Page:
Penitential Fasting Is Therapy for the Soul

by Pope John Paul II

Description

Pope John Paul II's Angelus Message on March 10, 1996

Larger Work

L'Osservatore Romano, English edition, p. 1

Publisher & Date

Vatican Press, March 13, 1996

Dear Brothers and Sisters,

1. The penitential practices suggested by the Church especially during this Lenten season include fasting This means special moderation in the consumption of food except for what is necessary to maintain one's strength. This traditional form of penance has not lost its meaning; indeed, perhaps it ought to be rediscovered, especially in those parts of the world and in those circumstances where not only is there food in plenty but where one even comes across illnesses from overeating.

Penitential fasting is obviously something very different from a therapeutic diet, but in its own way it can be considered therapy for the soul. In fact practiced as a sign of conversion, it helps one in the interior effort of listening to God. Fasting is to reaffirm to oneself what Jesus answered Satan when he tempted him at the end of his 40 days of fasting in the wilderness: "Man shall not live by bread alone but by every word that proceeds from the mouth of God" (Mt 4:4).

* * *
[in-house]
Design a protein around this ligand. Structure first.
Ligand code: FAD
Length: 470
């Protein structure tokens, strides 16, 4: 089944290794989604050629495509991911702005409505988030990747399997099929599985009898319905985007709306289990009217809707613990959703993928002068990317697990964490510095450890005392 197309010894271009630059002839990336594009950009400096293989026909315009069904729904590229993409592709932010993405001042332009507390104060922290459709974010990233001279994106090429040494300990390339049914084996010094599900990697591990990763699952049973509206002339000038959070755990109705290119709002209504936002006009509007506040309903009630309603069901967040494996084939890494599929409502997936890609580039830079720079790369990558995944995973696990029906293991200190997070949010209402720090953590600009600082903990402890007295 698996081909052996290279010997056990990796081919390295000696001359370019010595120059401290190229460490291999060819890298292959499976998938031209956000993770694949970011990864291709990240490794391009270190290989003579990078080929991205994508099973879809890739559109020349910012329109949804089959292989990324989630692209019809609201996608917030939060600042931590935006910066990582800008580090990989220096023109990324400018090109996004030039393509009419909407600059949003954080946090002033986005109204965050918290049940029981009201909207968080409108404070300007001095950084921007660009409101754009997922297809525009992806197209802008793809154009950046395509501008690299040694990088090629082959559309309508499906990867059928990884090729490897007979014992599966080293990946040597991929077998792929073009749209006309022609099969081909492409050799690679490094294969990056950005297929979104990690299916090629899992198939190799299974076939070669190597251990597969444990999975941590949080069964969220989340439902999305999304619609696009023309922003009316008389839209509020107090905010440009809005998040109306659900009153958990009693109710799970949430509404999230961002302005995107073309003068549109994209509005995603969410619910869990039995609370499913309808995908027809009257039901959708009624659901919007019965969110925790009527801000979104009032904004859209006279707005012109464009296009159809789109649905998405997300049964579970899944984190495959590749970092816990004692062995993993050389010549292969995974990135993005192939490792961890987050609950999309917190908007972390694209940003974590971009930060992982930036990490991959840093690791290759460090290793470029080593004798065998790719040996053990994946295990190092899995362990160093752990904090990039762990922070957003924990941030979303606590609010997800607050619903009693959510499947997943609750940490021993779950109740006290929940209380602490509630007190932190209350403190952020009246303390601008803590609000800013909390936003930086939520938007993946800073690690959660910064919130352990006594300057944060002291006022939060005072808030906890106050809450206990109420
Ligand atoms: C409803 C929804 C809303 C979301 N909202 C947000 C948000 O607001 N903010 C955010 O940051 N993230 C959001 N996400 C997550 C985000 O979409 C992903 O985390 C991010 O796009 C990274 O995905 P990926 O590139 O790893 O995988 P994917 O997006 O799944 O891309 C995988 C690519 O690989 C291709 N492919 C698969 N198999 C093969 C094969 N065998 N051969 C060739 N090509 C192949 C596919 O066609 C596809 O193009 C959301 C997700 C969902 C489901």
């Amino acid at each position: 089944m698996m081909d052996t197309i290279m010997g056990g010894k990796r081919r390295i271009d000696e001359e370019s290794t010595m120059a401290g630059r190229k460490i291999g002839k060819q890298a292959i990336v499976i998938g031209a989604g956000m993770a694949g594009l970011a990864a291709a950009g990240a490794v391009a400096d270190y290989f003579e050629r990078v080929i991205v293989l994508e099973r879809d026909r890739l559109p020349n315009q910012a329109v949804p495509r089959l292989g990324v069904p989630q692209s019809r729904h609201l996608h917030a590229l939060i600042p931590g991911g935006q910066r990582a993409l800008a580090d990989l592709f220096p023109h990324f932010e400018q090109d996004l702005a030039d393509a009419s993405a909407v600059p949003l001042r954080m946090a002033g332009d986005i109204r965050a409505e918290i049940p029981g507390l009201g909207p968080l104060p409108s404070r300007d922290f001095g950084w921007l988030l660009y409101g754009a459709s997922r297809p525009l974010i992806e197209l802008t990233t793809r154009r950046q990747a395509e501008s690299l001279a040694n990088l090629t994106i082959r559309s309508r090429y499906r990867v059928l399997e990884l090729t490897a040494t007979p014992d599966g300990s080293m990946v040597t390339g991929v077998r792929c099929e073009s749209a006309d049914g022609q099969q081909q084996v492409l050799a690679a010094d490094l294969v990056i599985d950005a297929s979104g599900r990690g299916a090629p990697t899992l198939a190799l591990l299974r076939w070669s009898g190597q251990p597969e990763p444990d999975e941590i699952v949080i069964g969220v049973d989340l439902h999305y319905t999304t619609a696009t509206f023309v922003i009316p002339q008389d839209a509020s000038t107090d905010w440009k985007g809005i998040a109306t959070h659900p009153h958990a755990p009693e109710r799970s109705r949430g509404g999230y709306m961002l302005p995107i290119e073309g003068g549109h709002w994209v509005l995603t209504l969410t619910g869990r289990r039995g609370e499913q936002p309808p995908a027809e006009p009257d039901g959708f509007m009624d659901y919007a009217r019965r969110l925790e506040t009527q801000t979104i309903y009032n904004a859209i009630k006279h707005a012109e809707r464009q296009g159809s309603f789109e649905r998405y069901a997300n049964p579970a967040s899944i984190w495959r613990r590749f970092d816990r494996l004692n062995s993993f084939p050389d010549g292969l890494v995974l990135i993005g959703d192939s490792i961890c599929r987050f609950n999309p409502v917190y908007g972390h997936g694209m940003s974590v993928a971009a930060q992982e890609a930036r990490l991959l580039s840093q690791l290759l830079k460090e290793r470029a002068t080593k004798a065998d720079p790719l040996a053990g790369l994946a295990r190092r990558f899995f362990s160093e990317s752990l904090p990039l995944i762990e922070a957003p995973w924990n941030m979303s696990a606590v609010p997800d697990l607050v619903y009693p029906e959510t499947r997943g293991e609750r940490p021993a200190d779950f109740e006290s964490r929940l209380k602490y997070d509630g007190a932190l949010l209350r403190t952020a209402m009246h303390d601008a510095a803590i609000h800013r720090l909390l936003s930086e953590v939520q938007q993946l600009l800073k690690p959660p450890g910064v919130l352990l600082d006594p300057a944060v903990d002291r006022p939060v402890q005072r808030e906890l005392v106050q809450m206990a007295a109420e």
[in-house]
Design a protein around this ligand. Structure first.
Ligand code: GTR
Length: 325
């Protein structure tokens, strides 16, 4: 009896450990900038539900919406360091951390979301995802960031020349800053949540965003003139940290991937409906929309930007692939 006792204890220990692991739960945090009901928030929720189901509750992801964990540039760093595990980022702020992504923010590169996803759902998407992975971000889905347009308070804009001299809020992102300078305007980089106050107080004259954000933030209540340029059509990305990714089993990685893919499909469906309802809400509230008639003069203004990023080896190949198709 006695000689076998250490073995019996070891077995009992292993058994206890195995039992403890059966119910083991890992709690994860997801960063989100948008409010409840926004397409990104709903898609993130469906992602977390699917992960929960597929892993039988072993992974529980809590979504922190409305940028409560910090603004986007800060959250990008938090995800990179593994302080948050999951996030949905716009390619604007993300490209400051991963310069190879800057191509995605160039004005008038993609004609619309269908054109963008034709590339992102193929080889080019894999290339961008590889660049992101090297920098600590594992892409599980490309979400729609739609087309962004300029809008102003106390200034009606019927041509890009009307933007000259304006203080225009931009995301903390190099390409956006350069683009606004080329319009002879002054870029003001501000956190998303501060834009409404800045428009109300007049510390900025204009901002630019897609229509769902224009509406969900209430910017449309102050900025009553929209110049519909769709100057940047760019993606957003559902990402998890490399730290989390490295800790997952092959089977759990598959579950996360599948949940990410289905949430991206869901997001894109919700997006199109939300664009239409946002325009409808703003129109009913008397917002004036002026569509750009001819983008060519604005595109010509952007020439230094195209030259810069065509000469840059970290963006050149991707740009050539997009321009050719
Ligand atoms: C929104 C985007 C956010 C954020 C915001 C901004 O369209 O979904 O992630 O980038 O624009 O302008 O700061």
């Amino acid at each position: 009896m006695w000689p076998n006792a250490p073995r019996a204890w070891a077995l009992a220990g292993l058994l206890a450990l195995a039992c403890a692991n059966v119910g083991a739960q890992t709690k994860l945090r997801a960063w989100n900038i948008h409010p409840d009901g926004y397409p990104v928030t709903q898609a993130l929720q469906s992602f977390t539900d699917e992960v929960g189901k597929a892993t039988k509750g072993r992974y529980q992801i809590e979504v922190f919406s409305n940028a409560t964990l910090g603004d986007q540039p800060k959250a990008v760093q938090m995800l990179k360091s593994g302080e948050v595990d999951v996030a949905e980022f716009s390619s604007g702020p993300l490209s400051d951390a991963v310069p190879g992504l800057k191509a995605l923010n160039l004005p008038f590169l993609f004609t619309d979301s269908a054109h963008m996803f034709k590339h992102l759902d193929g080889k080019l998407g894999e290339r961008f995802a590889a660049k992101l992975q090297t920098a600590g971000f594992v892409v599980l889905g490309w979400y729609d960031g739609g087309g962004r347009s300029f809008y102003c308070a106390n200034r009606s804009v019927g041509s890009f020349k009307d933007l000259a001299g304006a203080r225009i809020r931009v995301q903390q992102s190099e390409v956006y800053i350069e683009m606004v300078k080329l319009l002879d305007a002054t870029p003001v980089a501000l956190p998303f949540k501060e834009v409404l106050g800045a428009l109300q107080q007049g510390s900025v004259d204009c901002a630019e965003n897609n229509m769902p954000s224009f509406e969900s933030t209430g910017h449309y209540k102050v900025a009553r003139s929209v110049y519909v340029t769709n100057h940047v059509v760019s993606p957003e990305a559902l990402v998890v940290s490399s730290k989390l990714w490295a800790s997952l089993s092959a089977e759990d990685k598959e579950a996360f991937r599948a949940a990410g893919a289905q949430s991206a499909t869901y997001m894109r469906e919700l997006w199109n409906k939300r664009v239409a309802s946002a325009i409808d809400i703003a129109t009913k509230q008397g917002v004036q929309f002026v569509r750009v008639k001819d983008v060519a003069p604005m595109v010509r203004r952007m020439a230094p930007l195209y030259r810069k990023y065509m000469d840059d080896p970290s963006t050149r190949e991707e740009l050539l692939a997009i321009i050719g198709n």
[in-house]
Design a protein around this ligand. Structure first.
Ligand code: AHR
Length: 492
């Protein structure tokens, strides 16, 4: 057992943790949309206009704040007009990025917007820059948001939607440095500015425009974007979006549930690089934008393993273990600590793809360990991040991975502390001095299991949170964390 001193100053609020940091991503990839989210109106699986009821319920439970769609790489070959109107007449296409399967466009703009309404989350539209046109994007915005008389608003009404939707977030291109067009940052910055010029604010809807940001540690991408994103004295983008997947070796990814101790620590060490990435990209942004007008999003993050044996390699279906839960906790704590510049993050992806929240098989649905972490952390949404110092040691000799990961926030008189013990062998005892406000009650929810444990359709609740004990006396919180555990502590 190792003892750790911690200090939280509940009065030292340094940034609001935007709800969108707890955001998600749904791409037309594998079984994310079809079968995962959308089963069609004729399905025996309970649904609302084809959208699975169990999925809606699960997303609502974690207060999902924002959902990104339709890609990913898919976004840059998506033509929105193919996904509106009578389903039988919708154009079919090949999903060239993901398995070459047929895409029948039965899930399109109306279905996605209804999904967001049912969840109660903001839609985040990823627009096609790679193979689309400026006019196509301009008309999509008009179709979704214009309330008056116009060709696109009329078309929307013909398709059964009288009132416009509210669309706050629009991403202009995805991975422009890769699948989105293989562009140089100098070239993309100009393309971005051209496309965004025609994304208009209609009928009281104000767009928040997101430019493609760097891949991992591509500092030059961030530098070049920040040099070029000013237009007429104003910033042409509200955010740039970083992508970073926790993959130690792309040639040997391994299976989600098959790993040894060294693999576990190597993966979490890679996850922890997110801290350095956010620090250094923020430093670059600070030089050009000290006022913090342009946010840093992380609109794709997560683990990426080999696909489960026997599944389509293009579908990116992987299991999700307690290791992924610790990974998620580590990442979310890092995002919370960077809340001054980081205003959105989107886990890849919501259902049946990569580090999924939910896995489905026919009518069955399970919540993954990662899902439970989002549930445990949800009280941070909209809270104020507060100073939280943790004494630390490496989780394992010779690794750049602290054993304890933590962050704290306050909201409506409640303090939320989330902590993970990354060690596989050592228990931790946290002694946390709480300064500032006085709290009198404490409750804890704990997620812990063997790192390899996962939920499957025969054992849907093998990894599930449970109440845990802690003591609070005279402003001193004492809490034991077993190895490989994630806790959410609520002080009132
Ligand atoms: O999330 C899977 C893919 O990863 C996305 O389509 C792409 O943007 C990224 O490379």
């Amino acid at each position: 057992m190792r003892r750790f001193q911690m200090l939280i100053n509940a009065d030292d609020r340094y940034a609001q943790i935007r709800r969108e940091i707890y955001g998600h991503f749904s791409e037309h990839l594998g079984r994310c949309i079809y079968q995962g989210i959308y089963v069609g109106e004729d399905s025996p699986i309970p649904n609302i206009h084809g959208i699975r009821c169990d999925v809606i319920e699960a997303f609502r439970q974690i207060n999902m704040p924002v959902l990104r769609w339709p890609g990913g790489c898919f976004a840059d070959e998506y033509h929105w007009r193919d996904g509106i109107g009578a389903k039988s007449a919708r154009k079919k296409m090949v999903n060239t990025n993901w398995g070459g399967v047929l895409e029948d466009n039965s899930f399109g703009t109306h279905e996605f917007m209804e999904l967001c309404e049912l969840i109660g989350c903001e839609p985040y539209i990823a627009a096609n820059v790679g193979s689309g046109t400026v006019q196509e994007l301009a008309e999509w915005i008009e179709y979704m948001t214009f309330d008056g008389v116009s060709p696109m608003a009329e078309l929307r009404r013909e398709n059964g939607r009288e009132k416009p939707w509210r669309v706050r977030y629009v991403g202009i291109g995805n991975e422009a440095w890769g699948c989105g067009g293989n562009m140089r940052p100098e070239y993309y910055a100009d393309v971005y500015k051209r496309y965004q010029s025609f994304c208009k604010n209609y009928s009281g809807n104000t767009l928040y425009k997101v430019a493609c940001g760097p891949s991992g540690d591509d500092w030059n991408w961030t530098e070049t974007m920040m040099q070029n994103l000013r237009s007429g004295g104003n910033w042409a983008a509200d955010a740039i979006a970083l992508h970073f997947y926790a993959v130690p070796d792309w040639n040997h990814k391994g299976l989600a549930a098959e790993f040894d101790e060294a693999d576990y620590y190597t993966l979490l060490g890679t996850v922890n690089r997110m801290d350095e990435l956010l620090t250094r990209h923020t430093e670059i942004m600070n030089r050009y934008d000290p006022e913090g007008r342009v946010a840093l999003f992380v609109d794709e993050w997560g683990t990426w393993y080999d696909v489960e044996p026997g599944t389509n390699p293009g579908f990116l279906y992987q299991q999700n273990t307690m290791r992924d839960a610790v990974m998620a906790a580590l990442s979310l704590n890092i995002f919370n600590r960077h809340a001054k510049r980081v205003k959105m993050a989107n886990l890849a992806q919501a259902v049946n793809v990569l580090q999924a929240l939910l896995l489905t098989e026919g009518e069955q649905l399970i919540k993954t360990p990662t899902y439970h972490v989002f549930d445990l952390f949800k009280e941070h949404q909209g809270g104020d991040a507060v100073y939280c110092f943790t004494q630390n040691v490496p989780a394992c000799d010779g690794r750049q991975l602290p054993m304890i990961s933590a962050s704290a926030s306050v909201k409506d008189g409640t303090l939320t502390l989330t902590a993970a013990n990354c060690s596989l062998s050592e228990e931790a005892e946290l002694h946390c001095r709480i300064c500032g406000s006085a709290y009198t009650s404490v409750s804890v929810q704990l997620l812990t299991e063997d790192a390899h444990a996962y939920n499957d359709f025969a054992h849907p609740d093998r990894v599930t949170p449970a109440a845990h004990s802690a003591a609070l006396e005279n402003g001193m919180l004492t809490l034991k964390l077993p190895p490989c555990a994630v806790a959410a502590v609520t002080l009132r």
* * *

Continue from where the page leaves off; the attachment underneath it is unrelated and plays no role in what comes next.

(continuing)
2. Today, especially in affluent societies, it is difficult to grasp the meaning of these Gospel words. Consumerism, instead of satisfying needs, constantly creates new ones, often generating excessive activism. Everything seems necessary and urgent and one risks not even finding the time to be alone with oneself for a while.

St Augustine's warning is more timely than ever. "Enter again into yourself." Yes, we must enter again into ourselves if we want to find ourselves. Not only our spiritual life is at stake but indeed our personal, family and social equilibrium itself.

One of the meanings of penitential fasting is to help us recover an interior life. The effort of moderation in food also extends to other things that are not necessary, and this is a great help to the spiritual life. Moderation, recollection and prayer go hand in hand.

This principle can be appropriately applied to the mass media. Their usefulness is indisputable, but they must not become the "masters" of our life. In how many families does television seem to replace personal conversation rather than to facilitate it! A certain "fasting" also in this area can be healthy, both for devoting more time to reflection and prayer, and for fostering human relations.

3. Dear brothers and sisters, let us learn from the Blessed Virgin. The Gospel tells that she pondered in her heart the events of her life (cf. Lk 2:19) seeking in them the unfolding of God's plan. Mary is the model to whom we can all look. Let us ask her to give us the secret of that "spiritual fast" which sets us free from the slavery of things, strengthens our soul and makes it ever ready to meet the Lord.

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